This site is no longer being
maintained at this location.


This section of the site Citizenship Rights has been moved to

Http://racism.org

 

The following sections HAVE NOT moved yet:

Intersectionality, Worldwide and Other Pages

 
  UNITS
Institutional Racism                                          X
01 Racial Groups                                         X
02 Citizenship Rights                                         X
03 Justice                                         X
04 Basic Needs                                         X
05 Intersectionality                                         X
06 Worldwide Issues                                         X
   
   
  Web Editor:
 

Vernellia R. Randall
Professor of Law
The University of Dayton

 

   
   

 

 

Fugitive Slave Act(1850)


(Approved, September 18, 1850.)


And be it further enacted, That the Circuit Courts of the United States shall from time to time enlarge the number of the commissioners, with a view to afford reasonable facilities to reclaim fugitives from labor, and to the prompt discharge of the duties imposed by this act.

SEC. 4. And be it further enacted, That the commissioners above named shall have concurrent jurisdiction with the judges of the Circuit and District Courts of the United States, in their respective circuits and districts within the several States, and the judges of the Superior Courts of the Territories, severally and collectively, in term-time and vacation; shall grant certificates to such claimants, upon satisfactory proof being made, with authority to take and remove such fugitives from service or labor, under the restrictions herein contained, to the State or Territory from which such persons may have escaped or fled.

SEC. 7. And be it further enacted, That any person who shall knowingly and willingly obstruct, hinder, or prevent such claimant, his agent or attorney, or any person or persons lawfully assisting him, her, or them, from arresting such a fugitive from service or labor, either with or without process as aforesaid, or shall rescue, or attempt to rescue, such fugitive from service or labor, from the custody of such claimant, his or her agent or attorney, or other person or persons lawfully assisting as aforesaid, when so arrested, pursuant to the authority herein given and declared; or shall aid, abet, or assist such person so owing service or labor as aforesaid, directly or indirectly, to escape from such claimant, his agent or attorney, or other person or pergons legally authorized as aforesaid; or shall harbor or conceal such fugitive, so as to prevent the discovery and arrest of such person, after notice or knowledge of the fact that such person was a fugitive from service or labor as aforesaid, shall, for either of said offences, be subject to a fine not exceeding one thousand dollars, and imprisonment not exceeding six months, by indictment and conviction before the District Court of the United States for the district in which such offence may have been committed, or before the proper court of criminal jurisdiction, if committed within any one of the organized Territories of the United States;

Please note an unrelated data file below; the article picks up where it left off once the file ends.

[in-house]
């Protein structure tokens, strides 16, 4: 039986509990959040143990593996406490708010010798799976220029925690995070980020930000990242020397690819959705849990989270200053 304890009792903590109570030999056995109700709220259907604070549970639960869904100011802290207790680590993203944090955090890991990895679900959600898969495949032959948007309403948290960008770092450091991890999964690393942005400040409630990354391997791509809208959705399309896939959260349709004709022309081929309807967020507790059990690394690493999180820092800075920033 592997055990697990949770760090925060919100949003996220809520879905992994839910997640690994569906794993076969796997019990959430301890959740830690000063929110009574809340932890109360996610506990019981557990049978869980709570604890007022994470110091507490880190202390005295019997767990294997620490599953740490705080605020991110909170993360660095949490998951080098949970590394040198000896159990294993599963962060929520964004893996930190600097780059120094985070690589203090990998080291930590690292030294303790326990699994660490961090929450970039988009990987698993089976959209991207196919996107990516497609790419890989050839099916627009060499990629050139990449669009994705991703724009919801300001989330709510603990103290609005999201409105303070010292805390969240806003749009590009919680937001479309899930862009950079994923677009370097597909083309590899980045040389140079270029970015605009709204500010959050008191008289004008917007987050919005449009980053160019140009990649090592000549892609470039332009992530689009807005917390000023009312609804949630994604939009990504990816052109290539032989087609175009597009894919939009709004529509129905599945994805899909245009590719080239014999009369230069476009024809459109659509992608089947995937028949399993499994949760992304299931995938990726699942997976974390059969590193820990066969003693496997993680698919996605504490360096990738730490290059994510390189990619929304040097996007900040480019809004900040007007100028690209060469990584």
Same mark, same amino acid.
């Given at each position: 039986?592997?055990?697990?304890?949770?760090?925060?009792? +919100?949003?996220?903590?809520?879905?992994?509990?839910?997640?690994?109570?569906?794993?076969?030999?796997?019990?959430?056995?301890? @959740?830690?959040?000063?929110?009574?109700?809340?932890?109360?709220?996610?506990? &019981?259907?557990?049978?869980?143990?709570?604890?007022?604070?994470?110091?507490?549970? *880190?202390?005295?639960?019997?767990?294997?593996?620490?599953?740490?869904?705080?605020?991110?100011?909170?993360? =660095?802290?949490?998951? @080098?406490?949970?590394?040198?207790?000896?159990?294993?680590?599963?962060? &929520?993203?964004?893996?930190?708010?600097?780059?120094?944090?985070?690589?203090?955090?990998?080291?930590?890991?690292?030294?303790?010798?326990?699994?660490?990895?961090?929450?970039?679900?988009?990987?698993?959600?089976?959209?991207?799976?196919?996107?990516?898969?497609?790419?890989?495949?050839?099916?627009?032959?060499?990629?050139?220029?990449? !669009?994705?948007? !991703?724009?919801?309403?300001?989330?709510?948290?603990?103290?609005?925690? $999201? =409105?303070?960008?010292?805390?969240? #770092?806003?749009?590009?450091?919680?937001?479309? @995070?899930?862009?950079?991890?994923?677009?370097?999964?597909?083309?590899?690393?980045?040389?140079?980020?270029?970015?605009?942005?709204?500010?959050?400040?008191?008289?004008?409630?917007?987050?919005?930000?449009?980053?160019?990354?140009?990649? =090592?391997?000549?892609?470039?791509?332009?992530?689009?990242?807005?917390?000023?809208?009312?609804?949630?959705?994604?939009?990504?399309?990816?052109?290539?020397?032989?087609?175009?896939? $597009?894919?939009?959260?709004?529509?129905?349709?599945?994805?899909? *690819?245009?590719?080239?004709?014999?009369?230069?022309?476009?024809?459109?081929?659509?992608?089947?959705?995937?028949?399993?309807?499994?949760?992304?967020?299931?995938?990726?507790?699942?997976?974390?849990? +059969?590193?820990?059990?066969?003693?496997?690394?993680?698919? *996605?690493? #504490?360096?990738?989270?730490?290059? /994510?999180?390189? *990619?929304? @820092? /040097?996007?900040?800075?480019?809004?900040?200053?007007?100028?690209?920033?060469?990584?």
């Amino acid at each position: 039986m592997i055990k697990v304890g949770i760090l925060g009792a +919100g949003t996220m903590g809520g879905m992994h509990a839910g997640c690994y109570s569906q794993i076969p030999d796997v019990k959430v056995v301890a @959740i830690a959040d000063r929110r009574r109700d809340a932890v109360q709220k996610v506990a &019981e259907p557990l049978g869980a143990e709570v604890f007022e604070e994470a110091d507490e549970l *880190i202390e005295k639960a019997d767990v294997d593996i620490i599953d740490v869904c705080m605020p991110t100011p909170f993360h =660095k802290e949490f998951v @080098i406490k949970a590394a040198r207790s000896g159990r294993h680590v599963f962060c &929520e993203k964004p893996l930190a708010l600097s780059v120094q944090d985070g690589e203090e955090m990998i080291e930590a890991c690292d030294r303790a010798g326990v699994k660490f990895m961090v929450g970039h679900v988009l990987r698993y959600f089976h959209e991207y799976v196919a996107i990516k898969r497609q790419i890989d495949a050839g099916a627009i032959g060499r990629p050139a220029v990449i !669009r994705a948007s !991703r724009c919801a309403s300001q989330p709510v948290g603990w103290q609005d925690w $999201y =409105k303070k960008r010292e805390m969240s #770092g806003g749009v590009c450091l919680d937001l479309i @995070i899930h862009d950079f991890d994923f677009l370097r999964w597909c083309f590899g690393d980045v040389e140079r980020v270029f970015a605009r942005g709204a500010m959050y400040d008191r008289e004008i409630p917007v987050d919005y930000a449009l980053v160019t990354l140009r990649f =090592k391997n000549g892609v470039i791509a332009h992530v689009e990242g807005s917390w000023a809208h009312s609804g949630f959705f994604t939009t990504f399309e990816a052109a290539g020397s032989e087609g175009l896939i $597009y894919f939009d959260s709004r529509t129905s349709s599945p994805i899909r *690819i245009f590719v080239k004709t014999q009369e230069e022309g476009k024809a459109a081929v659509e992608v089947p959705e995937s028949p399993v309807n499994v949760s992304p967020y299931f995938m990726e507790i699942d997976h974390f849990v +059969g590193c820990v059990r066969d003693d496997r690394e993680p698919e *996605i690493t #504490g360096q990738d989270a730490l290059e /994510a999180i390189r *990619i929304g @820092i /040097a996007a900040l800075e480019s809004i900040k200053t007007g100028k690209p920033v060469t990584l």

...and shall moreover forfeit and pay, by way of civil damages to the party injured by such illegal conduct, the sum of one thousand dollars for each fugitive so lost as aforesaid, to be recovered by action of debt, in any of the District or Territorial Courts aforesaid, within whose jurisdiction the said offence may have been committed.